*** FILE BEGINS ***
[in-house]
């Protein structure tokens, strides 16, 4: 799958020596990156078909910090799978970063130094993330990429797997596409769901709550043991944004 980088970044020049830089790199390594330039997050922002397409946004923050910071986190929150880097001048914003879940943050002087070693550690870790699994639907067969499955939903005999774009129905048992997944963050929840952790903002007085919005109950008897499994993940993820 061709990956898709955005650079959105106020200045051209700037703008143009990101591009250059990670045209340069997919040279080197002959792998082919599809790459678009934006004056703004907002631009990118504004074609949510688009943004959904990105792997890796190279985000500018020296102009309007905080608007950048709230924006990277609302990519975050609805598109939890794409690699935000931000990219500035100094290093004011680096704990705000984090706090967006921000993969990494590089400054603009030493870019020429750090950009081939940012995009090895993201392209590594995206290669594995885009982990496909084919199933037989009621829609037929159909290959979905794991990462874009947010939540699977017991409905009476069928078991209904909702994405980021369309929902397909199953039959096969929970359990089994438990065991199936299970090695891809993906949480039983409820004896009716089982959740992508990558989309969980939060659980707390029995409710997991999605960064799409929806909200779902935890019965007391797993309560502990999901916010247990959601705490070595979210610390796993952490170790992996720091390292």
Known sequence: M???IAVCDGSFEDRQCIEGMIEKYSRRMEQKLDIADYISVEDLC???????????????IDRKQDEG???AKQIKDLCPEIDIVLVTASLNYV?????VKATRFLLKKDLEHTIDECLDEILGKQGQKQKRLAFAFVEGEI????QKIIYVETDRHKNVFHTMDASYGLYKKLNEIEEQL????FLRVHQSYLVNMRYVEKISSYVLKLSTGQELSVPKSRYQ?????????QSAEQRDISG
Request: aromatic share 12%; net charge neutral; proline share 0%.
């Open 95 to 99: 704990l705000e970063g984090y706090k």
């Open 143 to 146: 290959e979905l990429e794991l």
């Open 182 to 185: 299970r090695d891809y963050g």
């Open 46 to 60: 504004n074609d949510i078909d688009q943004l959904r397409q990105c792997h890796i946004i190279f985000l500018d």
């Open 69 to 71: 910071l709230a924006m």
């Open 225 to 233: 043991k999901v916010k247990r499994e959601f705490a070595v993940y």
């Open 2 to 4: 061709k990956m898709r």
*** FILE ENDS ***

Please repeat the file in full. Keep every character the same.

[in-house]
């Protein structure tokens, strides 16, 4: 799958020596990156078909910090799978970063130094993330990429797997596409769901709550043991944004 980088970044020049830089790199390594330039997050922002397409946004923050910071986190929150880097001048914003879940943050002087070693550690870790699994639907067969499955939903005999774009129905048992997944963050929840952790903002007085919005109950008897499994993940993820 061709990956898709955005650079959105106020200045051209700037703008143009990101591009250059990670045209340069997919040279080197002959792998082919599809790459678009934006004056703004907002631009990118504004074609949510688009943004959904990105792997890796190279985000500018020296102009309007905080608007950048709230924006990277609302990519975050609805598109939890794409690699935000931000990219500035100094290093004011680096704990705000984090706090967006921000993969990494590089400054603009030493870019020429750090950009081939940012995009090895993201392209590594995206290669594995885009982990496909084919199933037989009621829609037929159909290959979905794991990462874009947010939540699977017991409905009476069928078991209904909702994405980021369309929902397909199953039959096969929970359990089994438990065991199936299970090695891809993906949480039983409820004896009716089982959740992508990558989309969980939060659980707390029995409710997991999605960064799409929806909200779902935890019965007391797993309560502990999901916010247990959601705490070595979210610390796993952490170790992996720091390292």
Known sequence: M???IAVCDGSFEDRQCIEGMIEKYSRRMEQKLDIADYISVEDLC???????????????IDRKQDEG???AKQIKDLCPEIDIVLVTASLNYV?????VKATRFLLKKDLEHTIDECLDEILGKQGQKQKRLAFAFVEGEI????QKIIYVETDRHKNVFHTMDASYGLYKKLNEIEEQL????FLRVHQSYLVNMRYVEKISSYVLKLSTGQELSVPKSRYQ?????????QSAEQRDISG
Request: aromatic share 12%; net charge neutral; proline share 0%.
């Open 95 to 99: 704990l705000e970063g984090y706090k």
């Open 143 to 146: 290959e979905l990429e794991l």
């Open 182 to 185: 299970r090695d891809y963050g």
């Open 46 to 60: 504004n074609d949510i078909d688009q943004l959904r397409q990105c792997h890796i946004i190279f985000l500018d």
């Open 69 to 71: 910071l709230a924006m």
């Open 225 to 233: 043991k999901v916010k247990r499994e959601f705490a070595v993940y």
């Open 2 to 4: 061709k990956m898709r």